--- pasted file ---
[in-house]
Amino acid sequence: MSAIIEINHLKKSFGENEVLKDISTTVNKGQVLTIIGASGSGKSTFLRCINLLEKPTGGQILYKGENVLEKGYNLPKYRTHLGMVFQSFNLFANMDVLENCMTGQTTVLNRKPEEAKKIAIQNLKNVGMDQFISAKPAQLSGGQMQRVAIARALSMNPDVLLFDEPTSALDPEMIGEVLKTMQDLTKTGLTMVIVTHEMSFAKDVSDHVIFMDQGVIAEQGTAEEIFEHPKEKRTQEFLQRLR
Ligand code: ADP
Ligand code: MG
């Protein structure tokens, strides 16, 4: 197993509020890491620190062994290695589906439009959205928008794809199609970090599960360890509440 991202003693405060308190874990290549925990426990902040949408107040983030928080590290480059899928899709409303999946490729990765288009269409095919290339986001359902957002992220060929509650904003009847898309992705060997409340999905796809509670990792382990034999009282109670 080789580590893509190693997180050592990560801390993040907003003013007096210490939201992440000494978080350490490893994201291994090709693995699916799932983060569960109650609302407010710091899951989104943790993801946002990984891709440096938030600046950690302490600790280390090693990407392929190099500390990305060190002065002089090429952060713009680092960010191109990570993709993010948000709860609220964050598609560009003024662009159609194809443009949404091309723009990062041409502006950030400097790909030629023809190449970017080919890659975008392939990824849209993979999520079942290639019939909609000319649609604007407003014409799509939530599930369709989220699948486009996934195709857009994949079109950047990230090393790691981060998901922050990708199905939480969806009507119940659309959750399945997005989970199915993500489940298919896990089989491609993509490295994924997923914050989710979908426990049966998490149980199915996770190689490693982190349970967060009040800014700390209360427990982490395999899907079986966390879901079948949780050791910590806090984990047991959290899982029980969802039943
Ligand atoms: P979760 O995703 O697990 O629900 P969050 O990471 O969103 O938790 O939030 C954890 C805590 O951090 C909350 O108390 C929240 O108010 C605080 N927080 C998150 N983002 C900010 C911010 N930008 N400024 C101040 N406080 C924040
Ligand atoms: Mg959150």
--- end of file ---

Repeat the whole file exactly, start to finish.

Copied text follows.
[in-house]
Amino acid sequence: MSAIIEINHLKKSFGENEVLKDISTTVNKGQVLTIIGASGSGKSTFLRCINLLEKPTGGQILYKGENVLEKGYNLPKYRTHLGMVFQSFNLFANMDVLENCMTGQTTVLNRKPEEAKKIAIQNLKNVGMDQFISAKPAQLSGGQMQRVAIARALSMNPDVLLFDEPTSALDPEMIGEVLKTMQDLTKTGLTMVIVTHEMSFAKDVSDHVIFMDQGVIAEQGTAEEIFEHPKEKRTQEFLQRLR
Ligand code: ADP
Ligand code: MG
């Protein structure tokens, strides 16, 4: 197993509020890491620190062994290695589906439009959205928008794809199609970090599960360890509440 991202003693405060308190874990290549925990426990902040949408107040983030928080590290480059899928899709409303999946490729990765288009269409095919290339986001359902957002992220060929509650904003009847898309992705060997409340999905796809509670990792382990034999009282109670 080789580590893509190693997180050592990560801390993040907003003013007096210490939201992440000494978080350490490893994201291994090709693995699916799932983060569960109650609302407010710091899951989104943790993801946002990984891709440096938030600046950690302490600790280390090693990407392929190099500390990305060190002065002089090429952060713009680092960010191109990570993709993010948000709860609220964050598609560009003024662009159609194809443009949404091309723009990062041409502006950030400097790909030629023809190449970017080919890659975008392939990824849209993979999520079942290639019939909609000319649609604007407003014409799509939530599930369709989220699948486009996934195709857009994949079109950047990230090393790691981060998901922050990708199905939480969806009507119940659309959750399945997005989970199915993500489940298919896990089989491609993509490295994924997923914050989710979908426990049966998490149980199915996770190689490693982190349970967060009040800014700390209360427990982490395999899907079986966390879901079948949780050791910590806090984990047991959290899982029980969802039943
Ligand atoms: P979760 O995703 O697990 O629900 P969050 O990471 O969103 O938790 O939030 C954890 C805590 O951090 C909350 O108390 C929240 O108010 C605080 N927080 C998150 N983002 C900010 C911010 N930008 N400024 C101040 N406080 C924040
Ligand atoms: Mg959150």